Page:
Interesting piece on Bloomberg this morning. U.S. government bonds have now outperformed U.S. equities on a 30 year basis. This is the first time this has happened since the Civil War:
“The biggest bond gains in almost a decade have pushed returns on Treasuries above stocks over the past 30 years, the first time that’s happened since before the Civil War.
Fixed-income investments advanced 6.25 percent this year, almost triple the 2.18 percent rise in the Standard & Poor’s 500 Index through last week, according to Bank of America Merrill Lynch indexes. Debt markets are on track to return 7.63 percent this year, the most since 2002, the data show. Long-term government bonds have gained 11.5 percent a year on average over the past three decades, beating the 10.8 percent increase in the S&P 500, said Jim Bianco, president of Bianco Research in Chicago.”
The most interesting piece is with regards to government bonds and the inability of so many investors to predict this environment:
“The generation-long outperformance of bonds over stocks has been the biggest investment theme that everyone has just gotten plain wrong,” Bianco said in an Oct. 26 telephone interview. “It’s such an ingrained idea in everyone’s head that such low yields should be shunned in favor of stocks, that no one wants to disrupt the idea, never mind the fact that it has been off.”
This goes back to the piece on Daniel Kahneman and the misunderstandings of the market. Why did so many famous investors misinterpret the move in yields in the last year (more importantly, why did a schmuck like me get it right)? I believe it’s because they were working under a defunct convertible currency paradigm which led them to believe the bond market would impose its will on the U.S. government at some point (see here for what I believe is the accurate description of the monetary system). They made crucial mistakes by comparing us to Greece or believing that the USA has a true solvency constraint. Of course, they had it exactly wrong. The U.S. government, as the supplier of reserves to the banking system, imposes its will over the bond market.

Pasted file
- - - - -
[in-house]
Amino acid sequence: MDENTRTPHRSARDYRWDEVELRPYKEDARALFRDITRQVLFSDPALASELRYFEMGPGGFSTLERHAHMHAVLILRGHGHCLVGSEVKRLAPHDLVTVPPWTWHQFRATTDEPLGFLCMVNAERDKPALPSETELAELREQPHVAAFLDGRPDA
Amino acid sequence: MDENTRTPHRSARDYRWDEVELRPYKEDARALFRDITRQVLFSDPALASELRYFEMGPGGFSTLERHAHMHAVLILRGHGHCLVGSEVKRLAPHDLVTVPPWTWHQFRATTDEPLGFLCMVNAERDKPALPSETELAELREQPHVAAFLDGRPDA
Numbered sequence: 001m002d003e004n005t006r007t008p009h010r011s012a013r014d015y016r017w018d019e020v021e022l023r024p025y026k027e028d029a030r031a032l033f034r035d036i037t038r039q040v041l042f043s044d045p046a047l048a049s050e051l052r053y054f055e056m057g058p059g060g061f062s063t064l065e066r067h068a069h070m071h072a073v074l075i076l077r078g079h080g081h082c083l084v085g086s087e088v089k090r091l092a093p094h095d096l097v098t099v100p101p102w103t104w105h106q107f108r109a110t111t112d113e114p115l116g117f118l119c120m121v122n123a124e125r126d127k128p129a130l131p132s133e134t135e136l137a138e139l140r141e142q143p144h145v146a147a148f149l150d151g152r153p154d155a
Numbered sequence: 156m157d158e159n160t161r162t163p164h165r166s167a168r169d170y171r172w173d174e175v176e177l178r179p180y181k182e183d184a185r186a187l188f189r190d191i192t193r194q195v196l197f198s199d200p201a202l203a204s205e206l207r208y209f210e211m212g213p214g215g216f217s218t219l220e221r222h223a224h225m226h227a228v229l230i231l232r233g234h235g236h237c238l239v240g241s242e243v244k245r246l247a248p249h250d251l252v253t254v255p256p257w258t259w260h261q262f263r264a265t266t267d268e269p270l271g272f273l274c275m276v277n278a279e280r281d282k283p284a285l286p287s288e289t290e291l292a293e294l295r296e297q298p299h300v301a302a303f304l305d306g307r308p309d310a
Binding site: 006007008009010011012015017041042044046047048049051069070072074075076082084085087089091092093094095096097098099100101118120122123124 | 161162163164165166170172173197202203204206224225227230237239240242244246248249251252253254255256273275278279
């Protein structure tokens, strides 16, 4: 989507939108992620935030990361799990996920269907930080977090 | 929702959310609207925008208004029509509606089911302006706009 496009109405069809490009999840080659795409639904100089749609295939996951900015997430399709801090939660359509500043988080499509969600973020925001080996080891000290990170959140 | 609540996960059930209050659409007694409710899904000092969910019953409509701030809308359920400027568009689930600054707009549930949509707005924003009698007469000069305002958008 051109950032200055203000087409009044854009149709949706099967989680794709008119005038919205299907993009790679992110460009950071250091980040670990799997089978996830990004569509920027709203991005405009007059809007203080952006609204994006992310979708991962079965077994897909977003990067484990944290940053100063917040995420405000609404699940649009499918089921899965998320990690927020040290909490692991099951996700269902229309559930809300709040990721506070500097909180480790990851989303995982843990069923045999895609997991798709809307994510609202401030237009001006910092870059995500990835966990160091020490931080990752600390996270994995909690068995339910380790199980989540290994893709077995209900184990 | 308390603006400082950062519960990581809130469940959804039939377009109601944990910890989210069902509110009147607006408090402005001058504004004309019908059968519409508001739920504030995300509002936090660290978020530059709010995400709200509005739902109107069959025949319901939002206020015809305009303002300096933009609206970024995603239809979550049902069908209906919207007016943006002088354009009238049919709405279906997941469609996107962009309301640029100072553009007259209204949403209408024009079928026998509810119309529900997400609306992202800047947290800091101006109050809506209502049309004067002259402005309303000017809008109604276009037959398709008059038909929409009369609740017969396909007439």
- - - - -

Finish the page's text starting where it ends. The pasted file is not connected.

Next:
So where do we go from here? My guess is that the next 30 years will not be nearly as kind to the bond market as the period we have just experienced. This doesn’t mean the bond market is in a bubble (as I’ve long stated, this is incorrect thinking), but these sort of unique outperformance data points again point to anomalies that are unlikely to recur. Does that mean bonds are set to crash? Or even that they’re a sell? That all depends on your particular portfolio needs. For the long-term investor who is using bond as a compliment to their equity exposure, a laddered bond portfolio is always appropriate.
For the more active investor, a different approach is utilized. I sold my government bond holdings one month ago into the huge ramp-up in prices. But this doesn’t mean I have necessarily turned bearish in the longer-term. Thus far, our cue has been the Fed. They are, after all, the bond markets master and while their dog (the bond market) might try to run around, they are ultimately on a fairly tight leash and the Fed will yank them back into their place when they want and where they want. Thus far, the Fed has been clear in its message. The bond bull will not end until 2013. For now, we should take them at their word. There is nothing in the core inflation data or the growth data that should be scaring the Fed. While an overbought environment might persist for some months, 2012 is likely to present itself with a bond buying opportunity. But of course, we’ll be keeping our ears peeled for a change in Fed language. The dog barks loud, but the man holding the leash is the one we should all be listening to.